HRHF voices concerns over "parasites tax" protests at UN Human Rights Council
Human Rights House Foundation, in its statement to the Council, urged Belarus to bring its legislation and practices in line with its obligations in regard to the right to peaceful assembly, stop using presidential decrees as a governance method, and abolish the social parasite legislation, which it said was “in violation of human decency.”
Find below full text of the Statement.
34th SESSION OF THE UNITED NATIONS HUMAN RIGHTS COUNCIL
15 March 2017
General Debate, Item 4
Delivered by Léa Meindre-Chautrand, International Advocacy Associate
Human Rights House Foundation
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Thank you, Mr Chairperson,
Belarus imposes a tax on those it considers “social parasites.” Unsurprisingly, people in Belarus took the streets to contest this legislation over the past few weeks. Rather than listening to the calls from the streets, Belarusian authorities began a crackdown on these peaceful protestors the last few days and arrested dozens.
On 5 April 2015, the Presidential Decree Nr 3 “On preventing social dependency”, introducing a tax on so-called “social parasites”, entered into force, imposing a 250 dollars tax on those who work less than half a year and do not register at the country’s labour offices. Since February 2017, hundreds of people have protested peacefully in the streets of different cities of Belarus against this presidential decree – we had not seen such protests since the large protest following the presidential election of December 2010. The demonstrations were illegal under Belarusian laws – itself in breach with Belarus’ obligations under international human rights law –, but tolerated by the authorities until recently.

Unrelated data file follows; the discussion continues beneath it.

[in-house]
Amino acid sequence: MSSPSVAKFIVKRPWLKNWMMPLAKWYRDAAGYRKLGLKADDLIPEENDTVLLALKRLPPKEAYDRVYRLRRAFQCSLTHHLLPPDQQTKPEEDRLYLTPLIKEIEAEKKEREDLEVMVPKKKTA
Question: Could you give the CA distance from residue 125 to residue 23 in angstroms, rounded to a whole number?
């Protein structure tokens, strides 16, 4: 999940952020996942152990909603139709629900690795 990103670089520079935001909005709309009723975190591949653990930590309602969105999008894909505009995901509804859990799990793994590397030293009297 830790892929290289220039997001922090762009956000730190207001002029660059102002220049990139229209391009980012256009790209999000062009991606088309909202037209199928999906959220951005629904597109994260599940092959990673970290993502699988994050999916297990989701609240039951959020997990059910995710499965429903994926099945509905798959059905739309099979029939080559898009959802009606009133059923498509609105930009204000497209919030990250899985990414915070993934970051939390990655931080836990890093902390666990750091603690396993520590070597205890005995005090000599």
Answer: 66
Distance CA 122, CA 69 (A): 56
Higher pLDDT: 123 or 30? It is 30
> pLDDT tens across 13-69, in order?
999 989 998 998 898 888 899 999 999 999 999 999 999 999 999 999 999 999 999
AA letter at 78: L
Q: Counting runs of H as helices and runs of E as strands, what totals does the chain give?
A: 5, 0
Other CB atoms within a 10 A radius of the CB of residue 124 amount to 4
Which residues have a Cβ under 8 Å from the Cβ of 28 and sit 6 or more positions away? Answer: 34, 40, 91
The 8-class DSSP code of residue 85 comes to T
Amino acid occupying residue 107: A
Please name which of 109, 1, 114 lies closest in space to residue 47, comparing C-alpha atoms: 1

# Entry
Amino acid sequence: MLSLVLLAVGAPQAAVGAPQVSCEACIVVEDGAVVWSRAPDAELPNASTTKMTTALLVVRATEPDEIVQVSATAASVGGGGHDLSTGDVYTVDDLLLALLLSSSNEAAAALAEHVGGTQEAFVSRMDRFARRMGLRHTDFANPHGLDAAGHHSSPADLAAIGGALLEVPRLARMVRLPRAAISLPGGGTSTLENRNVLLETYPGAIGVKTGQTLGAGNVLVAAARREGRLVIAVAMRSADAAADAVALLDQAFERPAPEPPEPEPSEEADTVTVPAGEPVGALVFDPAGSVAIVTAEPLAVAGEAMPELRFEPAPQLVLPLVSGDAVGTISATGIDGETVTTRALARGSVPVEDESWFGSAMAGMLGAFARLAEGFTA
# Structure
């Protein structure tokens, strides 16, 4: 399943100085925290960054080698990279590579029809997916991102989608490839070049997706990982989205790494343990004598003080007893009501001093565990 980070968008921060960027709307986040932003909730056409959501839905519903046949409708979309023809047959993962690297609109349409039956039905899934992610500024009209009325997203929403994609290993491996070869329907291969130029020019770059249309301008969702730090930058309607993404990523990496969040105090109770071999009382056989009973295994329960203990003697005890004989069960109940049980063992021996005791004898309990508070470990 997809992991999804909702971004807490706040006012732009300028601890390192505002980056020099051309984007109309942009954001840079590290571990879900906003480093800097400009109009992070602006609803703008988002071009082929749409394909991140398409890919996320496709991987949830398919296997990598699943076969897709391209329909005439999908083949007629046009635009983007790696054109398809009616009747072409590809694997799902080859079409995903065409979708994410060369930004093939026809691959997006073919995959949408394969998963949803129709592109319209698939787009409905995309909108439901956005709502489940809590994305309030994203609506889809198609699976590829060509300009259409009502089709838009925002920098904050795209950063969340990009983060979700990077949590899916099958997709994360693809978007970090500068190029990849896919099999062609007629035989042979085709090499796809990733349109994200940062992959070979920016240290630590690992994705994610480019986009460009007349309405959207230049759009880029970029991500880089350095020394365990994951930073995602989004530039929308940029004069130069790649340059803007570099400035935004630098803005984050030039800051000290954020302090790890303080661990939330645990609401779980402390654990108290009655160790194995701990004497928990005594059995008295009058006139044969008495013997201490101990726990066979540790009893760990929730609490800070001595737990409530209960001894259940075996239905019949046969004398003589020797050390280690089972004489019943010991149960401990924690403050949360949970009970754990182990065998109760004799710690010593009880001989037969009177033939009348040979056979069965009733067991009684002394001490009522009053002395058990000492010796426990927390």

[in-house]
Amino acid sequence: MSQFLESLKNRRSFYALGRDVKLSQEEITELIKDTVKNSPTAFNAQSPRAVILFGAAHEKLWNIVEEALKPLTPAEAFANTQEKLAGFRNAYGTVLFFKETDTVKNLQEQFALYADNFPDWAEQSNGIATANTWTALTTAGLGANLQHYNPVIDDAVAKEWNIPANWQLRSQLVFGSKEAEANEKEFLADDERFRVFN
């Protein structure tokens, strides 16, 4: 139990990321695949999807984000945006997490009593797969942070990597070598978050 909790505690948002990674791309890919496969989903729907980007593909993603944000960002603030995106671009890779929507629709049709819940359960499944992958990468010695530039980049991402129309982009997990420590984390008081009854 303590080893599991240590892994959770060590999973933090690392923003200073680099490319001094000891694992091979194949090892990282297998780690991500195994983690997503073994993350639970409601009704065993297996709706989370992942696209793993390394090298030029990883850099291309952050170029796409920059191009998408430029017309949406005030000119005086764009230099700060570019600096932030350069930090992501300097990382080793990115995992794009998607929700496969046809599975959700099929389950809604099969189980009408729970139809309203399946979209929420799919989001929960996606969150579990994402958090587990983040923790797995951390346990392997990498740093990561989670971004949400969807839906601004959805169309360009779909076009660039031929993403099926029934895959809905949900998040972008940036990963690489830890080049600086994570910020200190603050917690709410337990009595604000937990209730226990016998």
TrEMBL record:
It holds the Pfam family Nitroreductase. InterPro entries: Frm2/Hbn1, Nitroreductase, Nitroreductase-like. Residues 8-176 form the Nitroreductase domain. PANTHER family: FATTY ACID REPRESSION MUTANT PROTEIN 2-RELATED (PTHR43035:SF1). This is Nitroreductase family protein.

Police did not intervene as over 1’000 demonstrators marched in the 10 March 2017 rally in Maladzyechna, where protesters chanted “Long Live Belarus!” and “Power to People!”
Only following that event, men presumed to be security officers used force to detain several activists, including opposition politicians Anatol Lyabedzka, Yuras Hubarevich, Volha Kavalkova, and Vital Rymasheuski.